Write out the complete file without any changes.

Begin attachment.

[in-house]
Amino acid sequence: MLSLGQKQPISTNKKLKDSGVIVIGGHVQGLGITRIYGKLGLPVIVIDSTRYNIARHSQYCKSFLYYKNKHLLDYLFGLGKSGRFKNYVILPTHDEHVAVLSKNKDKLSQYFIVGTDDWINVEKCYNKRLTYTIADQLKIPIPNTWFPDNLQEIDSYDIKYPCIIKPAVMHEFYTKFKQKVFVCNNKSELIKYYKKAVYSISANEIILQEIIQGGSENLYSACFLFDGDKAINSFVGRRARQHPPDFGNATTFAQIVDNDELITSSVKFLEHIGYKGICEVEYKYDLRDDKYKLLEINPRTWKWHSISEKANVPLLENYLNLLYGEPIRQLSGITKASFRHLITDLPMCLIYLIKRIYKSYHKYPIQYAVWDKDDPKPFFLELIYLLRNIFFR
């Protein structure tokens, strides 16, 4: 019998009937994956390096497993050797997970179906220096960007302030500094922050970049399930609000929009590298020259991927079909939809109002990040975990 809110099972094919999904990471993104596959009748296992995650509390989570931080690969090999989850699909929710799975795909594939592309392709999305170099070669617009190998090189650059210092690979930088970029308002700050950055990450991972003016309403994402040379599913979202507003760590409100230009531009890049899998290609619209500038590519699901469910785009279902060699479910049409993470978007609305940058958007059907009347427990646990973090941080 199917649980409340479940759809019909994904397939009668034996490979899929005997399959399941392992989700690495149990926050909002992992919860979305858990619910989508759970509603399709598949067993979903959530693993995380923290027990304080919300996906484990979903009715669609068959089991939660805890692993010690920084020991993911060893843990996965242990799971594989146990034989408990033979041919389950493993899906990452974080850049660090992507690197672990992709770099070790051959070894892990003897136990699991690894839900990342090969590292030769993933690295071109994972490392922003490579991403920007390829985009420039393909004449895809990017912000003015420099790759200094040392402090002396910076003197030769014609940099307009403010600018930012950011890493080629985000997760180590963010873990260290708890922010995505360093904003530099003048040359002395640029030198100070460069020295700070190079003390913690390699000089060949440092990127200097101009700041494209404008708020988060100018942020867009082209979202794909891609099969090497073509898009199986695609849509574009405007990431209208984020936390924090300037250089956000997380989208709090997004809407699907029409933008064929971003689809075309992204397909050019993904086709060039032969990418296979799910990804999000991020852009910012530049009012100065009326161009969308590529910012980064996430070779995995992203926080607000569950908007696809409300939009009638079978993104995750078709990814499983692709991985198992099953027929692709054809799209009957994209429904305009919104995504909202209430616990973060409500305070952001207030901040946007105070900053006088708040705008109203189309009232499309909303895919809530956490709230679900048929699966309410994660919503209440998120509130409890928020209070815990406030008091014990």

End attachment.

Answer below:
[in-house]
Amino acid sequence: MLSLGQKQPISTNKKLKDSGVIVIGGHVQGLGITRIYGKLGLPVIVIDSTRYNIARHSQYCKSFLYYKNKHLLDYLFGLGKSGRFKNYVILPTHDEHVAVLSKNKDKLSQYFIVGTDDWINVEKCYNKRLTYTIADQLKIPIPNTWFPDNLQEIDSYDIKYPCIIKPAVMHEFYTKFKQKVFVCNNKSELIKYYKKAVYSISANEIILQEIIQGGSENLYSACFLFDGDKAINSFVGRRARQHPPDFGNATTFAQIVDNDELITSSVKFLEHIGYKGICEVEYKYDLRDDKYKLLEINPRTWKWHSISEKANVPLLENYLNLLYGEPIRQLSGITKASFRHLITDLPMCLIYLIKRIYKSYHKYPIQYAVWDKDDPKPFFLELIYLLRNIFFR
């Protein structure tokens, strides 16, 4: 019998009937994956390096497993050797997970179906220096960007302030500094922050970049399930609000929009590298020259991927079909939809109002990040975990 809110099972094919999904990471993104596959009748296992995650509390989570931080690969090999989850699909929710799975795909594939592309392709999305170099070669617009190998090189650059210092690979930088970029308002700050950055990450991972003016309403994402040379599913979202507003760590409100230009531009890049899998290609619209500038590519699901469910785009279902060699479910049409993470978007609305940058958007059907009347427990646990973090941080 199917649980409340479940759809019909994904397939009668034996490979899929005997399959399941392992989700690495149990926050909002992992919860979305858990619910989508759970509603399709598949067993979903959530693993995380923290027990304080919300996906484990979903009715669609068959089991939660805890692993010690920084020991993911060893843990996965242990799971594989146990034989408990033979041919389950493993899906990452974080850049660090992507690197672990992709770099070790051959070894892990003897136990699991690894839900990342090969590292030769993933690295071109994972490392922003490579991403920007390829985009420039393909004449895809990017912000003015420099790759200094040392402090002396910076003197030769014609940099307009403010600018930012950011890493080629985000997760180590963010873990260290708890922010995505360093904003530099003048040359002395640029030198100070460069020295700070190079003390913690390699000089060949440092990127200097101009700041494209404008708020988060100018942020867009082209979202794909891609099969090497073509898009199986695609849509574009405007990431209208984020936390924090300037250089956000997380989208709090997004809407699907029409933008064929971003689809075309992204397909050019993904086709060039032969990418296979799910990804999000991020852009910012530049009012100065009326161009969308590529910012980064996430070779995995992203926080607000569950908007696809409300939009009638079978993104995750078709990814499983692709991985198992099953027929692709054809799209009957994209429904305009919104995504909202209430616990973060409500305070952001207030901040946007105070900053006088708040705008109203189309009232499309909303895919809530956490709230679900048929699966309410994660919503209440998120509130409890928020209070815990406030008091014990």